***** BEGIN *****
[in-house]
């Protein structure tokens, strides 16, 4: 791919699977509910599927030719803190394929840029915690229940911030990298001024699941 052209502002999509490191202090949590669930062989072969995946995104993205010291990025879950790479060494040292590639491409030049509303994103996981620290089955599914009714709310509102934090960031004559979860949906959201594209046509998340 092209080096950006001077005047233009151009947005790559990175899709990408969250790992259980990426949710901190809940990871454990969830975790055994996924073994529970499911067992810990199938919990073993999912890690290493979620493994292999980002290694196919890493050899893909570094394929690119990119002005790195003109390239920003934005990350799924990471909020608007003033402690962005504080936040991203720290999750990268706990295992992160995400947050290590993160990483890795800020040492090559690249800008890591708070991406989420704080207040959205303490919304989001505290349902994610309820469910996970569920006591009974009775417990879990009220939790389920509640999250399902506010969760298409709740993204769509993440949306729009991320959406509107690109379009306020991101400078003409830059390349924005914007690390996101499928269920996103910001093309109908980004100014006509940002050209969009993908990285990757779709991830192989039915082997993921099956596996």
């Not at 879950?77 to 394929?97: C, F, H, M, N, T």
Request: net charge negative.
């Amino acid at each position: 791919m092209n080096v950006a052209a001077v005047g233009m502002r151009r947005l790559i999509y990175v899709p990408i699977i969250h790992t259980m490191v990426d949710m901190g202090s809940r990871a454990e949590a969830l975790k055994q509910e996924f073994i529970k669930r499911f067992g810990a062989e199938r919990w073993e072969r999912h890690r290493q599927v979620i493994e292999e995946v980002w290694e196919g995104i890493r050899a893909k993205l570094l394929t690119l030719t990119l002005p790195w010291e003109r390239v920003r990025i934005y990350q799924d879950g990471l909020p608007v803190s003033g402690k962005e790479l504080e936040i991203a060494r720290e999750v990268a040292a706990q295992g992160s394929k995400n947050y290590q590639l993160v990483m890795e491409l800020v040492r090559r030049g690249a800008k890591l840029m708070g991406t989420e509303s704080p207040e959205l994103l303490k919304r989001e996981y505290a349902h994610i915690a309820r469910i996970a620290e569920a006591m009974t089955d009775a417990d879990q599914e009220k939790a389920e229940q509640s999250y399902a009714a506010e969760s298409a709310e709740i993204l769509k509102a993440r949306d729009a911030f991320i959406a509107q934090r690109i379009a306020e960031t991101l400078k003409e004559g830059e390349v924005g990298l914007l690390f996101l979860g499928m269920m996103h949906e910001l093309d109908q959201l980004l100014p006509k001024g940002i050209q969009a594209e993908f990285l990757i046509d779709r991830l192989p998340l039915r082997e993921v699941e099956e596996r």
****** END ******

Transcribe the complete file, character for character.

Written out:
[in-house]
């Protein structure tokens, strides 16, 4: 791919699977509910599927030719803190394929840029915690229940911030990298001024699941 052209502002999509490191202090949590669930062989072969995946995104993205010291990025879950790479060494040292590639491409030049509303994103996981620290089955599914009714709310509102934090960031004559979860949906959201594209046509998340 092209080096950006001077005047233009151009947005790559990175899709990408969250790992259980990426949710901190809940990871454990969830975790055994996924073994529970499911067992810990199938919990073993999912890690290493979620493994292999980002290694196919890493050899893909570094394929690119990119002005790195003109390239920003934005990350799924990471909020608007003033402690962005504080936040991203720290999750990268706990295992992160995400947050290590993160990483890795800020040492090559690249800008890591708070991406989420704080207040959205303490919304989001505290349902994610309820469910996970569920006591009974009775417990879990009220939790389920509640999250399902506010969760298409709740993204769509993440949306729009991320959406509107690109379009306020991101400078003409830059390349924005914007690390996101499928269920996103910001093309109908980004100014006509940002050209969009993908990285990757779709991830192989039915082997993921099956596996």
């Not at 879950?77 to 394929?97: C, F, H, M, N, T």
Request: net charge negative.
């Amino acid at each position: 791919m092209n080096v950006a052209a001077v005047g233009m502002r151009r947005l790559i999509y990175v899709p990408i699977i969250h790992t259980m490191v990426d949710m901190g202090s809940r990871a454990e949590a969830l975790k055994q509910e996924f073994i529970k669930r499911f067992g810990a062989e199938r919990w073993e072969r999912h890690r290493q599927v979620i493994e292999e995946v980002w290694e196919g995104i890493r050899a893909k993205l570094l394929t690119l030719t990119l002005p790195w010291e003109r390239v920003r990025i934005y990350q799924d879950g990471l909020p608007v803190s003033g402690k962005e790479l504080e936040i991203a060494r720290e999750v990268a040292a706990q295992g992160s394929k995400n947050y290590q590639l993160v990483m890795e491409l800020v040492r090559r030049g690249a800008k890591l840029m708070g991406t989420e509303s704080p207040e959205l994103l303490k919304r989001e996981y505290a349902h994610i915690a309820r469910i996970a620290e569920a006591m009974t089955d009775a417990d879990q599914e009220k939790a389920e229940q509640s999250y399902a009714a506010e969760s298409a709310e709740i993204l769509k509102a993440r949306d729009a911030f991320i959406a509107q934090r690109i379009a306020e960031t991101l400078k003409e004559g830059e390349v924005g990298l914007l690390f996101l979860g499928m269920m996103h949906e910001l093309d109908q959201l980004l100014p006509k001024g940002i050209q969009a594209e993908f990285l990757i046509d779709r991830l192989p998340l039915r082997e993921v699941e099956e596996r």